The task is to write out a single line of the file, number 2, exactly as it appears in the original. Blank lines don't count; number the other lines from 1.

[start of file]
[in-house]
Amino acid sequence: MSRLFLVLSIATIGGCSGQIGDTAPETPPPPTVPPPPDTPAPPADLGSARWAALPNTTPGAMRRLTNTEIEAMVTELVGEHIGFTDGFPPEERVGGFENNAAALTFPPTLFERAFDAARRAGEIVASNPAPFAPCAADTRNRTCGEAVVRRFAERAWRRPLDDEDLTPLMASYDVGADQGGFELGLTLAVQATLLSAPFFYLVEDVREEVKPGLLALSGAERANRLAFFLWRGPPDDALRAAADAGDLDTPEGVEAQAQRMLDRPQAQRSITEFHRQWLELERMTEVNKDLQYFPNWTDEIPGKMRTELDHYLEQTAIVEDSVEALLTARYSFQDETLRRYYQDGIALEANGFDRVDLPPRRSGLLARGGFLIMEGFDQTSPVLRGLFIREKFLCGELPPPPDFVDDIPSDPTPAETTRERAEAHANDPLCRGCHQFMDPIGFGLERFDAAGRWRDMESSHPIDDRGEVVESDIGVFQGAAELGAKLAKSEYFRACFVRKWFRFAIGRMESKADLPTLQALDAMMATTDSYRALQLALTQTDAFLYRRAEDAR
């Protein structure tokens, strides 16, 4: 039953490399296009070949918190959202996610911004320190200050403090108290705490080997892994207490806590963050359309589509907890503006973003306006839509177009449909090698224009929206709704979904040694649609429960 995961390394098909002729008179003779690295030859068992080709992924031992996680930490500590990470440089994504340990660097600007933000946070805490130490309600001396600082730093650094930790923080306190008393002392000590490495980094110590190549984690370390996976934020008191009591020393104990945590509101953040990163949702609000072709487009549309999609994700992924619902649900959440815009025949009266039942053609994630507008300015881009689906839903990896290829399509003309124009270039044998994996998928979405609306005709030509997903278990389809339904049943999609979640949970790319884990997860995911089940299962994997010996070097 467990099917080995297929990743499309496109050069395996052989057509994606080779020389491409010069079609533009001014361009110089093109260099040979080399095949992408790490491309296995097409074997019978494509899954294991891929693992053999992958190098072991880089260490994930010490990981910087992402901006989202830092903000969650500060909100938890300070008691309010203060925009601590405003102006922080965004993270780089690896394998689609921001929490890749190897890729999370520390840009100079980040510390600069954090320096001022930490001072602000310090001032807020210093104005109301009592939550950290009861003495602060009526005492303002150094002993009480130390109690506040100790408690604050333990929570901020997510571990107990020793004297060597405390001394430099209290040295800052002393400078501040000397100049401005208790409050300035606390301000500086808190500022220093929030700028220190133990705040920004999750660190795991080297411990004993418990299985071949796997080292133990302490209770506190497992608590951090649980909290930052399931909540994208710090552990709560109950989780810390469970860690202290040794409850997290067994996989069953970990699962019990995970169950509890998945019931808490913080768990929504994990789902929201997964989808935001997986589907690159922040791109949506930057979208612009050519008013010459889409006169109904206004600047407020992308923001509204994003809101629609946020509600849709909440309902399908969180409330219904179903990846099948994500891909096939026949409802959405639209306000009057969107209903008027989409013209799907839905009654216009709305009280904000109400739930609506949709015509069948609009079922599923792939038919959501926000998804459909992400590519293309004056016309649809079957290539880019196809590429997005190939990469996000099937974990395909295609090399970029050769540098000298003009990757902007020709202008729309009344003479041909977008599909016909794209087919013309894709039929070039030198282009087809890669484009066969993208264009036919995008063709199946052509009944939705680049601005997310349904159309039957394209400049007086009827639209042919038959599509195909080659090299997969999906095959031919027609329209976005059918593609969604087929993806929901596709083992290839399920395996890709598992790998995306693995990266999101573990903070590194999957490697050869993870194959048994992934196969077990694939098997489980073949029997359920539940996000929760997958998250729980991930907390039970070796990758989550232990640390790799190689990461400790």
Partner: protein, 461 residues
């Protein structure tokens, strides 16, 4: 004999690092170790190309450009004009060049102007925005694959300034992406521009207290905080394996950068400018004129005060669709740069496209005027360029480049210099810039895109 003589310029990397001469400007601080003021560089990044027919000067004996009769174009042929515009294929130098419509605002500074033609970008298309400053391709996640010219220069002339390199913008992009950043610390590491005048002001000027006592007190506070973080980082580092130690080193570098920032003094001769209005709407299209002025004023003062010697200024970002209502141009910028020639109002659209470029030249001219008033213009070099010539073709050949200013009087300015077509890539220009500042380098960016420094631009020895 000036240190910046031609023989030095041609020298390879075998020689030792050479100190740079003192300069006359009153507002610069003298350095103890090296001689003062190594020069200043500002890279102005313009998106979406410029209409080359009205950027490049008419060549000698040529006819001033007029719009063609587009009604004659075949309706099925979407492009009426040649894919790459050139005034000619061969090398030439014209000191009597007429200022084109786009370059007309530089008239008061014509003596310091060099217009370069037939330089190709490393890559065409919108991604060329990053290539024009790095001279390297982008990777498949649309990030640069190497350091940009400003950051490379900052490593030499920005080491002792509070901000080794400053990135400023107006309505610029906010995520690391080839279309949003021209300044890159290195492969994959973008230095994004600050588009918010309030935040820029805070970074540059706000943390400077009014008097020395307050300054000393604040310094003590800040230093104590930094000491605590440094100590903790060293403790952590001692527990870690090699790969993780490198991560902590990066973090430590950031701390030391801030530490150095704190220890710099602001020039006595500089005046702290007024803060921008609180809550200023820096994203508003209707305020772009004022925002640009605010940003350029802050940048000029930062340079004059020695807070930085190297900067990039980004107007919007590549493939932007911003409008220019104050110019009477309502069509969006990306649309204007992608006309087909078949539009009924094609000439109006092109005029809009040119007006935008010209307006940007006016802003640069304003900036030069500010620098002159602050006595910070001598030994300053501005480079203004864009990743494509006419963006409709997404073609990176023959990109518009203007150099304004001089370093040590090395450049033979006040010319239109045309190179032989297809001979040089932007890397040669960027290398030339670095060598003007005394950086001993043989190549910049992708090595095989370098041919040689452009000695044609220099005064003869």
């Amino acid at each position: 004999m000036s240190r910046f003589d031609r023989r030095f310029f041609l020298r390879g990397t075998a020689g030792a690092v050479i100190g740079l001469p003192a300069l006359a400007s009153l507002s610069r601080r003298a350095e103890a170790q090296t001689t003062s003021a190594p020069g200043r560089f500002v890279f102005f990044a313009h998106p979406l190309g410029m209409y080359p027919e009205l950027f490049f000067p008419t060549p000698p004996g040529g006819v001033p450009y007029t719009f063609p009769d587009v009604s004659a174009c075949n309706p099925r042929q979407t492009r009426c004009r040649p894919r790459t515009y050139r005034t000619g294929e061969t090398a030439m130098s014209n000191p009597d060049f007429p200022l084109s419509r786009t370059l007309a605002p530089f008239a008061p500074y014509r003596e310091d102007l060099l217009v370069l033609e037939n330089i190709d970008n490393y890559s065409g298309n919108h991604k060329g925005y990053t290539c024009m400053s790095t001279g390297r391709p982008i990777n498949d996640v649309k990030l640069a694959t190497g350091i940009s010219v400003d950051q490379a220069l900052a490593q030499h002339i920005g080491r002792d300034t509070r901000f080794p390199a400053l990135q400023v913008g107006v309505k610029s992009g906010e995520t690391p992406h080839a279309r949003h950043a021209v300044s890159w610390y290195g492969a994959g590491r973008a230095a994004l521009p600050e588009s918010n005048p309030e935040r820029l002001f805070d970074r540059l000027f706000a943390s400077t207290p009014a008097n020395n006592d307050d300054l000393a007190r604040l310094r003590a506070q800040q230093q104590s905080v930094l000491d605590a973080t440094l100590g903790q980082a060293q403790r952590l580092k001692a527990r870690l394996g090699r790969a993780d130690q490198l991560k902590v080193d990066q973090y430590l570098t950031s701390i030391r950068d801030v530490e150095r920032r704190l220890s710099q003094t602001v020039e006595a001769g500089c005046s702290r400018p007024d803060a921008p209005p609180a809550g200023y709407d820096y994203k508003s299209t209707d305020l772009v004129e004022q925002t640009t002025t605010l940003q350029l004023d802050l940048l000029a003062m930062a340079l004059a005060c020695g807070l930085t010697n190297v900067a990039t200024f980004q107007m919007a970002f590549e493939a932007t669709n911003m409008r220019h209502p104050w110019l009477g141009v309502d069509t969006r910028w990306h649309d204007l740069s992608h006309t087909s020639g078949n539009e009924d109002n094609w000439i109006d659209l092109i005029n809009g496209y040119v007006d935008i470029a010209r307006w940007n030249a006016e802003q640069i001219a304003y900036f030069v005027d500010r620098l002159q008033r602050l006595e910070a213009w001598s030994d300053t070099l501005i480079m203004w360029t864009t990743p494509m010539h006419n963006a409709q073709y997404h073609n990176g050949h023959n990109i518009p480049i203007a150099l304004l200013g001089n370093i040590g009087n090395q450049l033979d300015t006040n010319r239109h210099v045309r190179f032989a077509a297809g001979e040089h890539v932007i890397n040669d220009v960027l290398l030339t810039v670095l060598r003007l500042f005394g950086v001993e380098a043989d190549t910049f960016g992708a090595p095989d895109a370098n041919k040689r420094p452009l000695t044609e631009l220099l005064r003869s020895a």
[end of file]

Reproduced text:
Amino acid sequence: MSRLFLVLSIATIGGCSGQIGDTAPETPPPPTVPPPPDTPAPPADLGSARWAALPNTTPGAMRRLTNTEIEAMVTELVGEHIGFTDGFPPEERVGGFENNAAALTFPPTLFERAFDAARRAGEIVASNPAPFAPCAADTRNRTCGEAVVRRFAERAWRRPLDDEDLTPLMASYDVGADQGGFELGLTLAVQATLLSAPFFYLVEDVREEVKPGLLALSGAERANRLAFFLWRGPPDDALRAAADAGDLDTPEGVEAQAQRMLDRPQAQRSITEFHRQWLELERMTEVNKDLQYFPNWTDEIPGKMRTELDHYLEQTAIVEDSVEALLTARYSFQDETLRRYYQDGIALEANGFDRVDLPPRRSGLLARGGFLIMEGFDQTSPVLRGLFIREKFLCGELPPPPDFVDDIPSDPTPAETTRERAEAHANDPLCRGCHQFMDPIGFGLERFDAAGRWRDMESSHPIDDRGEVVESDIGVFQGAAELGAKLAKSEYFRACFVRKWFRFAIGRMESKADLPTLQALDAMMATTDSYRALQLALTQTDAFLYRRAEDAR